”Bring us the girl and wipe away the debt.” Sounds simple right? Yet Bioshock Infinite is a game that relishes in subverting expectations. What begins in a rescue the princess style mission unravels into a complex and affecting experience.
Anyone who has read TV Tropes will know that the most interesting examples are where a trope is subverted. In this article we’ll examine how Elizabeth sets up and flips over our expectations for both damsels in distress and for AI companions in video games.
Read only if you’ve finished Bioshock Infinte – spoilers ahead.
The damsel in distress trope is tenacious, having lasted for centuries and is found throughout all mediums; from tales of dragon slaying and princess rescuing through to King Kong and beyond. Video games often use a kidnapped woman (often a lover or potential or implied lover) as a launchpad for the narrative and end goal for the gameplay. From Mario to Dishonoured, damsels are everywhere. The problem is that these characters can sometimes by little more than a human trophy; lacking their own personality or power.
Likewise AI companions can be problematic; often hindering more than helping. They may step in front of bullets, wander off and get killed and fail the mission for you. There are some notable exceptions, such as Uncharted and Ratchet & Clank – both of which primarily use cutscenes and the occasional buddy mechanics to make them a useful ally.
From Mario to Dishonoured, damsels are everywhere.
Elizabeth of Bioshock Infinite is a damsel in distress who then becomes an AI companion…which on paper sounds awful. Where Bioshock Ininfite succeeds is by having Elizabeth integrated into both the narrative *and* the gameplay to an unprecedented degree. But before breaking the formula, the game first sets up and plays to our expectations.
”Bring us the girl and wipe away the debt.” Elizabeth is initially a faceless object of value; something to be obtained and traded. She is protected by Columbia and locked away in a tower – needless to say, it’s likely her resemblance to a Disney princess is no accident. Upon rescuing her from her lifelong prison, Elizabeth becomes your ally – even if you’re sometimes at odds. Her first defining moment is in the airship when the player, in the role of Booker Dewitt, puts in the coordinates for New York. whereupon she calls the player out since she recognises the latitude and longtitude. From that point on she fights and struggles for what she believes in, against the wishes of Columbia and even the player. Eventually she becomes more powerful than the player and more powerful than even Songbird and Commstock. Her knowledge is second only to Lutece and Lutece as she explains the nature of the timelines to the player in the final mind bending moments of the game.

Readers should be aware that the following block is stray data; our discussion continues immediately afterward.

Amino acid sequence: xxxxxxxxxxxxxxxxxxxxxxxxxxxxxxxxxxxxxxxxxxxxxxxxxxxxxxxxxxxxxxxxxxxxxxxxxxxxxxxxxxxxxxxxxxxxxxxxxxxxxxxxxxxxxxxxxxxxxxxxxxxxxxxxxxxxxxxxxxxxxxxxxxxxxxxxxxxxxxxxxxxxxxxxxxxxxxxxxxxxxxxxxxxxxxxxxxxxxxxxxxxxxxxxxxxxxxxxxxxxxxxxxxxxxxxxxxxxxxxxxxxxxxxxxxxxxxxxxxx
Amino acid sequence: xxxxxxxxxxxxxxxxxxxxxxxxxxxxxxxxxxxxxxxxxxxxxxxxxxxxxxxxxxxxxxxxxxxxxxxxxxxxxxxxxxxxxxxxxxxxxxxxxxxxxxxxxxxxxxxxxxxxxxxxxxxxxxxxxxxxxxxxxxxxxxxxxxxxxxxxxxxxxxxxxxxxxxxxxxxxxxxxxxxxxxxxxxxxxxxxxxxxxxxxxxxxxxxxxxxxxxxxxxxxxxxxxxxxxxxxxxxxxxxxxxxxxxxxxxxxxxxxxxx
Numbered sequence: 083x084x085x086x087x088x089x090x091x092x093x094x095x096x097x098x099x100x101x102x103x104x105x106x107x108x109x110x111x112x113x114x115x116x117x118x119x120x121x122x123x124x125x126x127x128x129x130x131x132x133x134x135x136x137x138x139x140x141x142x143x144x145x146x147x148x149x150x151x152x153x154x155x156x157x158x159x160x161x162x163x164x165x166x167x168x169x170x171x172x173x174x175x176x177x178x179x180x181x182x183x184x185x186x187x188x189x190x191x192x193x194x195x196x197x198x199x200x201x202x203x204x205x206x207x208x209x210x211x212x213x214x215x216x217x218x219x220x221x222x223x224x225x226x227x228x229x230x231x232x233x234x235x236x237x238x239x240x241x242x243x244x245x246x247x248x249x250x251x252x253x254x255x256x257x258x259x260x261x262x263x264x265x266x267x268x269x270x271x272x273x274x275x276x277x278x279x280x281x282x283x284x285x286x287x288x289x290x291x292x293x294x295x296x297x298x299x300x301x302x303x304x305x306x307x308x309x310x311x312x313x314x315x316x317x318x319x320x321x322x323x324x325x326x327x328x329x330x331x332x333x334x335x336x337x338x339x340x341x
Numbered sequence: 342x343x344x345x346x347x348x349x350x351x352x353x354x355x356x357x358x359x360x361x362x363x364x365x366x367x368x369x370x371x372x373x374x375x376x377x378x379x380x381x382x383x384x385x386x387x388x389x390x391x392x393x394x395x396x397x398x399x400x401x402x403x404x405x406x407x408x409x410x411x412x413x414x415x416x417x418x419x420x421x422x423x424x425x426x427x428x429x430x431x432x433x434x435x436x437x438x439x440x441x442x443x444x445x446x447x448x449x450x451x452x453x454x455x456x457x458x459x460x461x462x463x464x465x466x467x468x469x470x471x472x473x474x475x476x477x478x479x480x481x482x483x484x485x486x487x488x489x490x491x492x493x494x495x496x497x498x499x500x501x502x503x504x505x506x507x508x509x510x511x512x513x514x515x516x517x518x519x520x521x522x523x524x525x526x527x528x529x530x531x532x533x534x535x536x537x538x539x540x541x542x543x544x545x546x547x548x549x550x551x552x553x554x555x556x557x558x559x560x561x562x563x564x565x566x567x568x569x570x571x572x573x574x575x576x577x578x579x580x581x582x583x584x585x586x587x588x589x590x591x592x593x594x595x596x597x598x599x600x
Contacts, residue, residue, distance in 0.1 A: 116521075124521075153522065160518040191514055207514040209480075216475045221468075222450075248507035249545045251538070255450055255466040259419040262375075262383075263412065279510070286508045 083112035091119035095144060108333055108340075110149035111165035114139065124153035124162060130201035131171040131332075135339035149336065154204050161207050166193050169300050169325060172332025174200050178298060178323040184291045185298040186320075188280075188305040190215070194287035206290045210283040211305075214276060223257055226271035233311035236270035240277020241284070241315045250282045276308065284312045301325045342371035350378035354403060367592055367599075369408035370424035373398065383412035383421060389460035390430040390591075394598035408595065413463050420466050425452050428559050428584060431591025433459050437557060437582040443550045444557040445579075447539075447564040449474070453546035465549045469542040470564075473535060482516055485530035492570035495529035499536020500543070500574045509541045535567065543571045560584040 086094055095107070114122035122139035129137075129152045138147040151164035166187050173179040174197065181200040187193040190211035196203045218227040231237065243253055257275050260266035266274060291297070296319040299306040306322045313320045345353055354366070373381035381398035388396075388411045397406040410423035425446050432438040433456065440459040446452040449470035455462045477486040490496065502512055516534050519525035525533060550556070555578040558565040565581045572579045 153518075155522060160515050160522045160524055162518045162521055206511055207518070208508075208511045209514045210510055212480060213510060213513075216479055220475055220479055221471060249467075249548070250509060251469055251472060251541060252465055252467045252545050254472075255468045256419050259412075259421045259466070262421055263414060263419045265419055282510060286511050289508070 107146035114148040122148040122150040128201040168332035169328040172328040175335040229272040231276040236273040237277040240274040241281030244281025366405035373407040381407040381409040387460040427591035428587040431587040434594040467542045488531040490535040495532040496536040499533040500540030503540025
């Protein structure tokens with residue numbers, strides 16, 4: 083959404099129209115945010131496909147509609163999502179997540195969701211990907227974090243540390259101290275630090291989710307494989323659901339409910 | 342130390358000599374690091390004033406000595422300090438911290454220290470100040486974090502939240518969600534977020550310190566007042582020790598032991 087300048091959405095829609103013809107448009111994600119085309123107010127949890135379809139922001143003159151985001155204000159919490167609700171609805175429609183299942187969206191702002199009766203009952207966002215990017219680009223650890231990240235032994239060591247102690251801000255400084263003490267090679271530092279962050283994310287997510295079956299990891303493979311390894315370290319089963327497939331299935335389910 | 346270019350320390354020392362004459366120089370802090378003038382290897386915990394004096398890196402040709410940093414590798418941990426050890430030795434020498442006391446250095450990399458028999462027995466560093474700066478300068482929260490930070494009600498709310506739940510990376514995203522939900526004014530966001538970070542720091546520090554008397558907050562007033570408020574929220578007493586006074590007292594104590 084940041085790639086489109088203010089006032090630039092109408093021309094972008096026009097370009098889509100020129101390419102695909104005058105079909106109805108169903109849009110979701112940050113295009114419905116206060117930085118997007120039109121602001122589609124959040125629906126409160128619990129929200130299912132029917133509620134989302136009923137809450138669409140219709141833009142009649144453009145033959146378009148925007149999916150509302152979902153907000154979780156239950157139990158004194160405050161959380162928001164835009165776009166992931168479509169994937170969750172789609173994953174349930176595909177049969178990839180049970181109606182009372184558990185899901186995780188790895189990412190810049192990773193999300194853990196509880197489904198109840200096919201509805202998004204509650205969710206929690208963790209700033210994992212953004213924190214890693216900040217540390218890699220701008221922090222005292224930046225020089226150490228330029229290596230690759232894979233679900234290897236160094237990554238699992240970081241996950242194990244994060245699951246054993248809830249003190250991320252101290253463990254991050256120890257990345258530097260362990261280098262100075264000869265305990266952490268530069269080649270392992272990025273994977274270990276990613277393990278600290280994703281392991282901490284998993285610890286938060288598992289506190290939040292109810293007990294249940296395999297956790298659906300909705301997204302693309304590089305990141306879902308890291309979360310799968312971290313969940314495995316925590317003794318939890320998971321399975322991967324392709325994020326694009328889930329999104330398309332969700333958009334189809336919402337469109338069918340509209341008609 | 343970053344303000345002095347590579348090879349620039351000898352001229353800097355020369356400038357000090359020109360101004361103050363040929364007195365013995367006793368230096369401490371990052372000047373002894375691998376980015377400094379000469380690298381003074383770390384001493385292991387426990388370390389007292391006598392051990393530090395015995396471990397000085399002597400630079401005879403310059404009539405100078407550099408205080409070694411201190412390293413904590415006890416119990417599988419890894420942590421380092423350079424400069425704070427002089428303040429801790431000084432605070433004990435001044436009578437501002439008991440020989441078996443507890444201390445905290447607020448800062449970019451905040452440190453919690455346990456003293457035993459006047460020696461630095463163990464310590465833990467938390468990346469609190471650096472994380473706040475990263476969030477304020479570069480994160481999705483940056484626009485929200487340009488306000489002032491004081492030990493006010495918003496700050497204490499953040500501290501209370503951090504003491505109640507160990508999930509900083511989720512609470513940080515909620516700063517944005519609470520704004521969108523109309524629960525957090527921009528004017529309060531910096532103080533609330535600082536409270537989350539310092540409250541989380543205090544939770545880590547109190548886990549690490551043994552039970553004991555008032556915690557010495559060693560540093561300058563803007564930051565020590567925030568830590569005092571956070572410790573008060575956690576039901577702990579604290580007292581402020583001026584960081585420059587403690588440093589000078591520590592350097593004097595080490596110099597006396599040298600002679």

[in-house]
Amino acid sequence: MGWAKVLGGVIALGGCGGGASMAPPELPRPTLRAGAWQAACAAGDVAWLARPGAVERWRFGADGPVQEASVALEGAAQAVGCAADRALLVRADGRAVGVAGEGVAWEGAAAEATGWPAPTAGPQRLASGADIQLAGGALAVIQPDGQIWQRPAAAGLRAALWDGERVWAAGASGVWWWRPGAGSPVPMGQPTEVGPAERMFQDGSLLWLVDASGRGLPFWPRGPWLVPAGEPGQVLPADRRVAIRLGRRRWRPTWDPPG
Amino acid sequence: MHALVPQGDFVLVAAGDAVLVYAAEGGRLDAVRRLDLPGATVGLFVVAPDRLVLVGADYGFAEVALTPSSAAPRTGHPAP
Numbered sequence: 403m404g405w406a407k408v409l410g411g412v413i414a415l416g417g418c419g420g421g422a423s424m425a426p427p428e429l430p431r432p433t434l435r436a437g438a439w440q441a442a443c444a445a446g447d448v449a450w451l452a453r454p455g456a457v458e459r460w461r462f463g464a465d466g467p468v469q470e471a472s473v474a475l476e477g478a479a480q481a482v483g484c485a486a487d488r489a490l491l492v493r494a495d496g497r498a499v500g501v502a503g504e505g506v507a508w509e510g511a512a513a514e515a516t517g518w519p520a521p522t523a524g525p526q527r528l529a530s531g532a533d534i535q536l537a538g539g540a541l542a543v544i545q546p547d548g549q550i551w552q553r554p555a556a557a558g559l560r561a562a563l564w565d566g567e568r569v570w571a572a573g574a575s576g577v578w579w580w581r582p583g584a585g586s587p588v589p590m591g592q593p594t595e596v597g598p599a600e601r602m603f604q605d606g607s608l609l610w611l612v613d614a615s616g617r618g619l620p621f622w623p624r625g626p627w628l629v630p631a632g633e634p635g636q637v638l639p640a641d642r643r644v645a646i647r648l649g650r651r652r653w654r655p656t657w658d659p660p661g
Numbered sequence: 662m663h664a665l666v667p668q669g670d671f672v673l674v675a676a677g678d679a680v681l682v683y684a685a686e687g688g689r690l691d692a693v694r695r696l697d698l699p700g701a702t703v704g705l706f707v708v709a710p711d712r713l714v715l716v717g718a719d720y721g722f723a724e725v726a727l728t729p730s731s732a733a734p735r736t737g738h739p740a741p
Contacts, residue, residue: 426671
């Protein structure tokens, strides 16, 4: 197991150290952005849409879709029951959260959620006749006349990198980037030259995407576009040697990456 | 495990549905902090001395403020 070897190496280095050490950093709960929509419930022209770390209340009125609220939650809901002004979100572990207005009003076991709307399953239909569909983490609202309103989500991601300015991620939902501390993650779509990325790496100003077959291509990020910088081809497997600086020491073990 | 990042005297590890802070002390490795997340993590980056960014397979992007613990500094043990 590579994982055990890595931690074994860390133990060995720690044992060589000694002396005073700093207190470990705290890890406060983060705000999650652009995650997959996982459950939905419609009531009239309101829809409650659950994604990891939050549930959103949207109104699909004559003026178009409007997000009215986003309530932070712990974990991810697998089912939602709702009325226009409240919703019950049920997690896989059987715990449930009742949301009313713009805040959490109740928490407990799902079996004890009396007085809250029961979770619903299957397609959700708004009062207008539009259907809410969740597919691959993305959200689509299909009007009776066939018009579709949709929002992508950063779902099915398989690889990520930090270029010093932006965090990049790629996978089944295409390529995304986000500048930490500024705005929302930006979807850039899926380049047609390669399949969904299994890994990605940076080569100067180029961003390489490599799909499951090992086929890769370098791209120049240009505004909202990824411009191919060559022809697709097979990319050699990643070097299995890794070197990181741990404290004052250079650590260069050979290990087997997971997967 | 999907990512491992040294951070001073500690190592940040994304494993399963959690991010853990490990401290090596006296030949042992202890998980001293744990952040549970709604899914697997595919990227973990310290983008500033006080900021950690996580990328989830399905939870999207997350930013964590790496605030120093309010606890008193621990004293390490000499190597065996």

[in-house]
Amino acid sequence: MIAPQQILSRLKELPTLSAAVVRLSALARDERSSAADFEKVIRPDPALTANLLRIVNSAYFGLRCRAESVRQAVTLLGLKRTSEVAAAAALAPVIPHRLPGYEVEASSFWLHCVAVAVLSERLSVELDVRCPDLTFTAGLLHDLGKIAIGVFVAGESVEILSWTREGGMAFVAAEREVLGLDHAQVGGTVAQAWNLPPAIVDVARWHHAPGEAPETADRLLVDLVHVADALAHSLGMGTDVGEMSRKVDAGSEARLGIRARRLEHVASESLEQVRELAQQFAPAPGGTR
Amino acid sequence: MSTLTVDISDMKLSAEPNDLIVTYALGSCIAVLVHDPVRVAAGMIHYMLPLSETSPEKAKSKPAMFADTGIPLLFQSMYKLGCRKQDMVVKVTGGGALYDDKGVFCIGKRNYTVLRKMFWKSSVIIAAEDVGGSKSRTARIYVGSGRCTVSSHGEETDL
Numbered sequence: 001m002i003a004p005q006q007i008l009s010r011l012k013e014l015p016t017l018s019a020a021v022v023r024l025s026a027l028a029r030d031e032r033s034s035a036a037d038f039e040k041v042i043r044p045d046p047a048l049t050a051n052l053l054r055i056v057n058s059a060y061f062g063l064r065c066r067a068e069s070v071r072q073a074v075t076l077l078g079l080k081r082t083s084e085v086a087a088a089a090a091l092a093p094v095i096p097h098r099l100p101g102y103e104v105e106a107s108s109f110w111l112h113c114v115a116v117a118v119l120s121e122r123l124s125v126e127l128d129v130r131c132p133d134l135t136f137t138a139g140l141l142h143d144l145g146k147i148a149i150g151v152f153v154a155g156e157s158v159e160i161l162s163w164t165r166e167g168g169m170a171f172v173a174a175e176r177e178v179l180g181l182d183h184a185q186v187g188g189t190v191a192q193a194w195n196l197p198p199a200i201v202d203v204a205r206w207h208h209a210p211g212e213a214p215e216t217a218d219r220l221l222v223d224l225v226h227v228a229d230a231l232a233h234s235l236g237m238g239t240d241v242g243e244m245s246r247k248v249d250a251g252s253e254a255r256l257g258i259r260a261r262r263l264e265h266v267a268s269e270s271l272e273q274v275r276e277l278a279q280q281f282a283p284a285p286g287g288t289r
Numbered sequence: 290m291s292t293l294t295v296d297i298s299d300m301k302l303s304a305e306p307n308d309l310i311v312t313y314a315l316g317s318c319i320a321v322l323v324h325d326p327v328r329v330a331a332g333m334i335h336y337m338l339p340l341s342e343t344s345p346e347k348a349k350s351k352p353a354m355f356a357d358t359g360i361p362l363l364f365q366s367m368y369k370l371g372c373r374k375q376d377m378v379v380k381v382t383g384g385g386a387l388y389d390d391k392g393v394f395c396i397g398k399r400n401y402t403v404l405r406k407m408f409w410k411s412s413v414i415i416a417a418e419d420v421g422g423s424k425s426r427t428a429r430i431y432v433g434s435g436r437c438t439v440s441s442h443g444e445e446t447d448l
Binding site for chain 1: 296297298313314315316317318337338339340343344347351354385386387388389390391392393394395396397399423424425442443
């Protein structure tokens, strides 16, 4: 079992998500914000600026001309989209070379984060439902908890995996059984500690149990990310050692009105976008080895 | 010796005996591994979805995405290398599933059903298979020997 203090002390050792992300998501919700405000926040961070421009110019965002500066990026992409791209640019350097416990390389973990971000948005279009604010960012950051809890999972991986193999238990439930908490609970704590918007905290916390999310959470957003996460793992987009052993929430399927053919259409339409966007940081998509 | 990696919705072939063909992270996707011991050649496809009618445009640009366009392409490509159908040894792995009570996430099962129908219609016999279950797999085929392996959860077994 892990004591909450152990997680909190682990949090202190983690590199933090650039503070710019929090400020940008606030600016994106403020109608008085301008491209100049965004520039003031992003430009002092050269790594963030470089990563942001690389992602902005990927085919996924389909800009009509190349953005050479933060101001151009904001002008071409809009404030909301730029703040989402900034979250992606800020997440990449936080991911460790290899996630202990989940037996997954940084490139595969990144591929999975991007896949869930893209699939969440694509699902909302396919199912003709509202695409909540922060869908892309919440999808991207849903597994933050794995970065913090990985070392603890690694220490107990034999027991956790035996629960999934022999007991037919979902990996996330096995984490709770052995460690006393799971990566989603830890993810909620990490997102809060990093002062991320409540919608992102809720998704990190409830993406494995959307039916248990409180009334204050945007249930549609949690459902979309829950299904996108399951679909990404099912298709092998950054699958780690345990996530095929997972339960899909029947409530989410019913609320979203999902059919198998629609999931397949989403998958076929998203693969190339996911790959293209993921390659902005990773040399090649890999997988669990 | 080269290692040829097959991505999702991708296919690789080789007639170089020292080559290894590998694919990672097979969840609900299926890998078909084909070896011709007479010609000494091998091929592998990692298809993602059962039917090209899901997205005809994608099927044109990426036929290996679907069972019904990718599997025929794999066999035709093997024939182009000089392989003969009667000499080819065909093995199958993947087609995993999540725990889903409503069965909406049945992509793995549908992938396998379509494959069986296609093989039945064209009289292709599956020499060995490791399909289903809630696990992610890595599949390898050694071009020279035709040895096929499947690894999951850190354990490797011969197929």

Her resemblance to a Disney princess is no accident.
Of course, Elizabeth’s significance to the plot is self evident. What binds it together is her interactions with the player during gameplay. Rather than just being another gun slinger; doing the exact same thing the player is doing, her abilities complement your own. Elizabeth is the white mage to Bookers’ black mage; together they are a formidable team.
Summoning vital gear and throwing you supplies is just the tip of it. She doesn’t need protecting and has no health bar – which is neatly justified by her animations where she keeps low and seeks out cover during a fight. Should you die, she revives you. Though functionally the same as the Vitachambers of the first Bioshock, this has more of a personal touch. It’s more akin to how a human player would assist in any other game with a revival system, such as Left 4 Dead.
Outside of combat, Elizabeth will draw your attention to key features in the environment and make meaningful interactions and comments. She also further encourages exploration by pointing out alternate locations to visit and by her ability to open locked doors and safes. Rather than just being a tool for the player to use, she is actively interested in the task and points out any spare lockpicks she sees.
Cryptographer, doctor, locksmith, summoner and more, Elizabeth is as much your guardian as you are hers. In addition to making combat more dynamic and fun, her strength of character makes her the best video game companion since Alyx Vance of Half-Life 2. Regardless of gender, she’s an awesome character – but having more strong and capable females characters is always welcome in the male-heavy relam of video games and is another reason Bioshock Infinite deserves much and more praise.